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Re: [Xen-users] Xen 4.1.4 fails to boot Linux in wheezy

  • To: xen-users@xxxxxxxxxxxxx
  • From: Alexandre Kouznetsov <alk@xxxxxxxxxx>
  • Date: Wed, 27 Mar 2013 15:39:46 -0600
  • Delivery-date: Wed, 27 Mar 2013 21:40:55 +0000
  • List-id: Xen user discussion <xen-users.lists.xen.org>


El 27/03/13 14:11, Mike escribió:
Please post your boot loader configuration.

Looks good.

My own serial console's setup for Xen omits the IO address and IRQ, but if the numbers are correct, should not harm. I usually remove "quite" option from kernel boot line. Although, in this case your system clearly don't reach the kernel booting.

When you say "no output from the Xen boot process", do you mean no output at all? Even "Loading Xen 4.1-amd64 ..." legend?
While debugging this stage, maybe Grub's output give some clue:
cat >> /etc/default/grub << EOF
GRUB_TERMINAL="console serial"
GRUB_SERIAL_COMMAND="serial --unit=0 --speed=115200 --word=8"

The next thing to try would be hardware debugging. Memtest

For the record, memtest86+ (Debian 4.20-1.1) doesn't work with UEFI:
Looks like memtest86 has the same issue, since it also uses linux16.
Oh, that's new for me.

I'd have to prepare a BIOS-bootable USB stick to use this.  It's not
clear how to do this.  Simply copying the included ISO to a USB stick
doesn't boot.
No need for that. Memtest86 can be launched from any boot loader, even Grub. "apt-get install memtest86+" would create the needed Grub menu entry.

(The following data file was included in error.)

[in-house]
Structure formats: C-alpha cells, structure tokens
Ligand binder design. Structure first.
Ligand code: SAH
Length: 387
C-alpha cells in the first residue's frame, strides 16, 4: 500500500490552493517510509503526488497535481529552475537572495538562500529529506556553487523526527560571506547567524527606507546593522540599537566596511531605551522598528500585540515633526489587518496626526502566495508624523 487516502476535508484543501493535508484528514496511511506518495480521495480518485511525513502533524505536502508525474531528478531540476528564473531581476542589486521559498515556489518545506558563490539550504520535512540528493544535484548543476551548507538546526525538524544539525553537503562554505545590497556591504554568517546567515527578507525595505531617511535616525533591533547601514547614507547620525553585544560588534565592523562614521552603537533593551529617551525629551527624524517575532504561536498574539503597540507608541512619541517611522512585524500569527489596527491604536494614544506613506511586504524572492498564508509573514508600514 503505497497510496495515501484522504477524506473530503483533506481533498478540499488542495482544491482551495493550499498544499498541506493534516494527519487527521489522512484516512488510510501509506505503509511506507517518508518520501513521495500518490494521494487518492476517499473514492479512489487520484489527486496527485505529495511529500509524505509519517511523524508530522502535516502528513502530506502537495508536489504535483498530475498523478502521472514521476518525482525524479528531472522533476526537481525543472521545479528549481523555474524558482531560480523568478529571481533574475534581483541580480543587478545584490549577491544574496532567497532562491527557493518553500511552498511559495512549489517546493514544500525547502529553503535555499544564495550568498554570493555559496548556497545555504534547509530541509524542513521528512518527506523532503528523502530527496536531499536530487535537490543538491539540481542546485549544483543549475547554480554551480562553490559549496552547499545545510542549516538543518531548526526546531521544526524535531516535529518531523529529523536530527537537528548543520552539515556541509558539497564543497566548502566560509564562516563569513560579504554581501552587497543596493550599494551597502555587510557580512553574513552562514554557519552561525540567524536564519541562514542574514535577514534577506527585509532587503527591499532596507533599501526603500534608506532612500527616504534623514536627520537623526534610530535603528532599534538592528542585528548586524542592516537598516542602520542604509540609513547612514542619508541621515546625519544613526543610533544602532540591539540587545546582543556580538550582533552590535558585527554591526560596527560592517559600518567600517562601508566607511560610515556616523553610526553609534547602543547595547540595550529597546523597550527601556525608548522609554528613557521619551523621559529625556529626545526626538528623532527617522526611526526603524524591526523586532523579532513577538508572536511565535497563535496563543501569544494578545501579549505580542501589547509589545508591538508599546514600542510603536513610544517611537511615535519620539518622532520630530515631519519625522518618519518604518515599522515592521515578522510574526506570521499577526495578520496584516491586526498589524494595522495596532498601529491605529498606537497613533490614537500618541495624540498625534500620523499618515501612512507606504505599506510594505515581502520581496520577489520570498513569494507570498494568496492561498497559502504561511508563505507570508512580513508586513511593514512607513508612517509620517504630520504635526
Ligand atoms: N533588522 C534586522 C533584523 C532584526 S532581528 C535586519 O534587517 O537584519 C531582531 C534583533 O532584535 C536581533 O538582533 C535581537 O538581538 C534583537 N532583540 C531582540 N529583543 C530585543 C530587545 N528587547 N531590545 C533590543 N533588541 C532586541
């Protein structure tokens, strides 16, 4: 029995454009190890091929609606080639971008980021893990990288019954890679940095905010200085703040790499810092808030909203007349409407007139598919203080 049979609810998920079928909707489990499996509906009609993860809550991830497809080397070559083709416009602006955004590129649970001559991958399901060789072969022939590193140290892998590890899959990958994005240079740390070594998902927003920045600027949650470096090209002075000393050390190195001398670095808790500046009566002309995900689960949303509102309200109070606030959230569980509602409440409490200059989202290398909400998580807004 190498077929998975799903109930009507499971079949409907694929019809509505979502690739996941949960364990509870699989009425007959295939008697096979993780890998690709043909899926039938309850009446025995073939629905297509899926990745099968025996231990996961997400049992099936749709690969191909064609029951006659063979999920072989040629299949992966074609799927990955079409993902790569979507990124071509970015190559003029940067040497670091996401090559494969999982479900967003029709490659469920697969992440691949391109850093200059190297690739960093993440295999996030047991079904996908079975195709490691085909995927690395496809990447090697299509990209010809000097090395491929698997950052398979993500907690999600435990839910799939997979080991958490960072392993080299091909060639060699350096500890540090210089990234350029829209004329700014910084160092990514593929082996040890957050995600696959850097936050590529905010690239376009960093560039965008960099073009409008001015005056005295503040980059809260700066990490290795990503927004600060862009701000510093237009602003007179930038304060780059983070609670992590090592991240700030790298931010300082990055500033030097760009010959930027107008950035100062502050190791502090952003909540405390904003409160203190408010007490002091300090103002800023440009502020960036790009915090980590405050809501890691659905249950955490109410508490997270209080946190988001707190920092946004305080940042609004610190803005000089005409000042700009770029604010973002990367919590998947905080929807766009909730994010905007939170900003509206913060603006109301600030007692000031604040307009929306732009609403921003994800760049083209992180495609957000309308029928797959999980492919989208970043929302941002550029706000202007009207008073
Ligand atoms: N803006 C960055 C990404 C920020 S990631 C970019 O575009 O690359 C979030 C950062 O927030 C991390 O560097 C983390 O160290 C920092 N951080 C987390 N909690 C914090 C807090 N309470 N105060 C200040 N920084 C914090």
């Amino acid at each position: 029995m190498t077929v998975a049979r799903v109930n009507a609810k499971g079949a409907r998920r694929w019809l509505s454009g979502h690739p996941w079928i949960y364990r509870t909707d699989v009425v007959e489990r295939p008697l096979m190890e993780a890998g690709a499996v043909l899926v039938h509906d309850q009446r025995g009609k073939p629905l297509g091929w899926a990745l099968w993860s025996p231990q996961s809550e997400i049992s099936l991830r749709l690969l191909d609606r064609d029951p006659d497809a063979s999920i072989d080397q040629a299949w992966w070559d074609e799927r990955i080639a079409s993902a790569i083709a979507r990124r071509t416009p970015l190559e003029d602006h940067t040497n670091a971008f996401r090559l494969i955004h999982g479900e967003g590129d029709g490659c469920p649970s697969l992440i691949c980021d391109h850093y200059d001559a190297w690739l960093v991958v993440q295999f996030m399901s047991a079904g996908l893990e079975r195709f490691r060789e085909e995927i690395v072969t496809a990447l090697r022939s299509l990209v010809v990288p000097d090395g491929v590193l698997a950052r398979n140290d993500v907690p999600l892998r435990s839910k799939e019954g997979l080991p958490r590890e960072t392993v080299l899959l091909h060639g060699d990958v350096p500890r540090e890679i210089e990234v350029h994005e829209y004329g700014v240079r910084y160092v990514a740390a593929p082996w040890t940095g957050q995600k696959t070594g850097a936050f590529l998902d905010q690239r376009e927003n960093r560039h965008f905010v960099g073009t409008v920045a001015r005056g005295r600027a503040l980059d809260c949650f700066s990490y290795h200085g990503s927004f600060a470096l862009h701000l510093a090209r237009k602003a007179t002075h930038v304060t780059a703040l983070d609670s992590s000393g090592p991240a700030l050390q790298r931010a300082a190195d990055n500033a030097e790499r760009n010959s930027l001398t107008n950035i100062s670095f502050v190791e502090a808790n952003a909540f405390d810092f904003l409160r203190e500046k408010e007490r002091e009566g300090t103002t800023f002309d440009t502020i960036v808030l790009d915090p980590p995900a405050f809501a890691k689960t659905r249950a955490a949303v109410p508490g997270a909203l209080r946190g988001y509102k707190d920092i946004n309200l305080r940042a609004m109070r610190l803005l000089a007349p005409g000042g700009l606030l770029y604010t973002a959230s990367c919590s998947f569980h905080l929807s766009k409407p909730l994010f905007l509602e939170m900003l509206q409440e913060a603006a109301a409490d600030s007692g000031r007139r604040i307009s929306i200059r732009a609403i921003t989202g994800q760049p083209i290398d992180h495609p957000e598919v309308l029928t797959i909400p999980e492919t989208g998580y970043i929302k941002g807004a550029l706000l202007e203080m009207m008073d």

I also question the value of running a BIOS-booted test
to solve a UEFI-booted software problem.  Perhaps you can explain your
I'm not familiar with UEFI. My logic is very primitive. If some piece of software generally works, but under some system it does not, the key for solution is to find out what makes this system different. Hardware defect, for example. Or incompatible characteristic (google:"model+xen" often throws something useful).

This is a new machine, and I ran the HP ROM-based memory test when I got
I guess that is as good as Memtest to make sure the RAM is fine.

set BIOS into fail-safe settings.

I don't know what you mean.  Reset the BIOS settings to the factory
defaults?  I have no reason to do that.  In fact, I already did that
once, because I lost track of the settings that I had changed.  But now
I know precisely what changes I've made, so resetting and rechanging the
settings would simply put me where I am now.
You where out of debugging ideas, wasn't you?
Some BIOSes have a literal option "fail-safe settings". Some does not, but using common sense it's possible to disable most of "fancy" and "exotic" options. They still might be needed in production, but it's useful to make sure it's not BIOS configuration what triggers the failure.

BTW, have you tried to remove part of RAM? How much RAM does the machine have?

A good reference would be to test Squeeze's Xen and kernel, if they
show the same behavior.

Yeah, that's the fallback.
You can just give it a try without making a full installation:
Copy xen, kernel and initrd images to your testing system and make Grub to boot them. It's unlikely it would finish booting (mainly because of the kernel modules), but that could be a good proof of concept test. If it behaves in the same way, than probably the problem is not about Xen or OS version.

 I've have Xen on squeeze on another system,
but I'm not confident that it will work here: I suspect that Xen is
having an issue with my dm-crypt root.
AFAIK, it just works. I have a production system since a couple of years ago, with Squeeze, Xen 4.0 and crypted root. It is not rebooted often and not under heavy use, but so far I had no issues related to dm-crypt.


Alexandre Kouznetsov

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